November 13, 2012

Green Bean Casserole, Real Food Style

Green Bean Casserole made completely from scratch, the perfect side dish for your Thanksgiving table.
I can't even begin to tell you how excited I am for this week's posts. Let me just try and put my enthusiasm into words...

I am really excited for this week's posts. Understand?

Thanksgiving has always been my favorite holiday. I think it has to do with the fact that I get to cook a lot (which if you couldn't tell, I love to cook). 

So for this week's posts, I picked out three classic Thanksgiving recipes that I would love to share with you. 

Next week will be pretty similar, though I have not decided whether or not I will be posting on Thanksgiving Day (for Happy & Healthy Thursdays).

In the meantime, I thought we should discuss one of my many favorite Thanksgiving side dishes: Green Bean Casserole.

This stuff just tastes okay if you make French's original recipe (don't tell them I said that). Here is why: It uses canned green beans, canned "cream-of" soup, and canned crunchy onions. I imagine it is slightly easier to make it their way, but it tastes so much better made from scratch with real food. My version uses fresh (or frozen) green beans, a homemade mushroom bacon cream sauce, and fresh fried crunchy onion straws. Are you drooling yet?
Just trust me on this one. If you were asked to bring green bean casserole to dinner on Thanksgiving, do yourself and everyone else a favor and make it from scratch. It is so worth it.
Green Bean Casserole made completely from scratch, the perfect side dish for your Thanksgiving table.

Green Bean Casserole

  • 1 pound (16 ounces) fresh or frozen whole green beans
  • 6 slices bacon, cut into 1" pieces
For Mushroom Cream Sauce:
  • 8 oz mushrooms, sliced
  • 1/2 white onion, diced
  • 2 garlic cloves, minced
  • 1 tablespoon butter
  • 2 tablespoons flour
  • 1 1/2 cups milk
  • 4 oz cream cheese, cut into cubes
  • 1/2 teaspoon dried thyme
  • 1/2 tablespoon dried parsley
  • 1/4 teaspoon black pepper
  • 1-2 teaspoons salt, to taste
  • 1/2 teaspoon Worcestershire sauce
For Onion Strings:
  • 1 1/2 white onions
  • 2 cups buttermilk
  • 2 cups flour
  • 1 scant tablespoon salt
  • 1/4 teaspoon pepper
  • 1/4 teaspoon cayenne pepper
  • oil for frying
Cooking Directions
  1. Preheat oven to 350. Grease a two quart casserole dish, preferrably with butter.
  2. Steam green beans until they are fork tender. Drain and set aside (this step is only necessary if you are using fresh green beans).
  3. Cook bacon in heavy dutch oven over medium high heat until crisp. Remove from pan leaving about two tablespoons of bacon grease in pan.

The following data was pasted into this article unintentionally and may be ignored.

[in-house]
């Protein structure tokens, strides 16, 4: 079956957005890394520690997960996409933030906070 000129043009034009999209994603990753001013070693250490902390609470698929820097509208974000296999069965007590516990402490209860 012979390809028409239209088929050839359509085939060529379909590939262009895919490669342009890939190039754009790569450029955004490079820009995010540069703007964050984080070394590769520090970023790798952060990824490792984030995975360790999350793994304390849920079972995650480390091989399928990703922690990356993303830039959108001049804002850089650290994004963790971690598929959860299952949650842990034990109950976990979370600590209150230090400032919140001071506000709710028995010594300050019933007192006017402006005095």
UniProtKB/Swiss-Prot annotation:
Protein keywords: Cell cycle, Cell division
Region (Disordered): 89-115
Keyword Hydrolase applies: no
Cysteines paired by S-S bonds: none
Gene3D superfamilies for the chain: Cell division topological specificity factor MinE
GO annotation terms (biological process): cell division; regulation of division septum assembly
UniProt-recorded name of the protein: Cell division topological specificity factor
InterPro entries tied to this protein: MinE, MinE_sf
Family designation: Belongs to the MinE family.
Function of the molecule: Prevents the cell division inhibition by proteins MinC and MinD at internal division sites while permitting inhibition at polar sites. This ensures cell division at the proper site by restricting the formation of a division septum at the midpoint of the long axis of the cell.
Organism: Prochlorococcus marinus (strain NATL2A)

4. Saute sliced mushrooms, 1/2 an onion, and garlic in bacon grease until mushrooms are browned and onions are golden and translucent.
  5. Add butter to pan and allow to melt. Stir flour into butter and mushrooms. Cook for 2 minutes, stirring constantly.
  6. Slowly add in milk (keep stirring). Continue cooking over medium high heat until sauce has thickened. Stir in cream cheese, thyme, parsley, salt and pepper, and Worcestershire sauce.
  7. Once cream cheese has melted, remove sauce from heat and add in prepared green beans and cooked bacon pieces. Mix well. 
  8. Pour into prepared pan. Bake for 30 minutes or until hot and bubbly.
  9. In the meantime, slice onions for onion strings very thin. Place in a baking dish and cover with buttermilk. Let soak for at least ten minutes or up to one hour.
  10. Combine dry ingredients and set aside.
  11. Heat oil to 375 degrees.
  12. Grab a handful of onions and toss them in the flour mixture until completely coated. Shake off excess flour, and drop them carefully into the hot oil. Fry for a few minutes and remove onto a paper towel lined plate as soon as they are golden brown.
  13. Repeat until onions are gone.
  14. When casserole has finished baking remove from oven and top with fresh fried onion strings.
  15. Bake for an additional 3 minutes.
  16. Let cool for 10 minutes (the sauce will thicken slightly upon standing). Serve warm.
Recipe by Amanda Jenks (onion strings portion of recipe from The Pioneer Woman)
5 out of 5 stars

To make this an easier dish to prepare on Thanksgiving day, make the green bean casserole from steps one through seven the night before and refrigerate in prepared pan. Make onion strings and bake on Thanksgiving day.

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  1. Love that you posted this. I always make a "real food" version of green bean casserole for Thanksgiving but cheat with the onion topping. I've been thinking about how to do it right this year -- thanks for the pointers.

    1. Thank you Denise! By the way, love your site. I will be following it from now on! Your recipes look fantastic.

  2. This looks great Amanda. I am going to try it on Thanksgiving. I am probably the only person in the world that has never had Green Bean Casserole. So many people consider it a "Tradition" but the tasteless canned green beans and cream soup turned me off and I have never tried it. I am liking your sauce a lot (I'll eat anything with cream cheese in it) and am going to give this a try this Thanksgiving> I am thinking that I might put a few additional piece of bacon in with the green beans when I cook them. Ilike to simmer them in water rather than steam. Thanks for sharing this! I would love to have you stop by The Wilderness Wife Blog and share this with my readers on the Wicked Good Wednesday Blog Party. It starts on Wednesday but runs all week!

    1. Thank you for the invite! I have been browsing your blog lately and it all looks so delish :) I will definitely stop by and share this at your party.

  3. Wow, this looks so much better than the can recipe! Totally trying this one soon. Thanks for linking up to Show & Share Wednesday, I'm sharing this tonight on my Facebook page:


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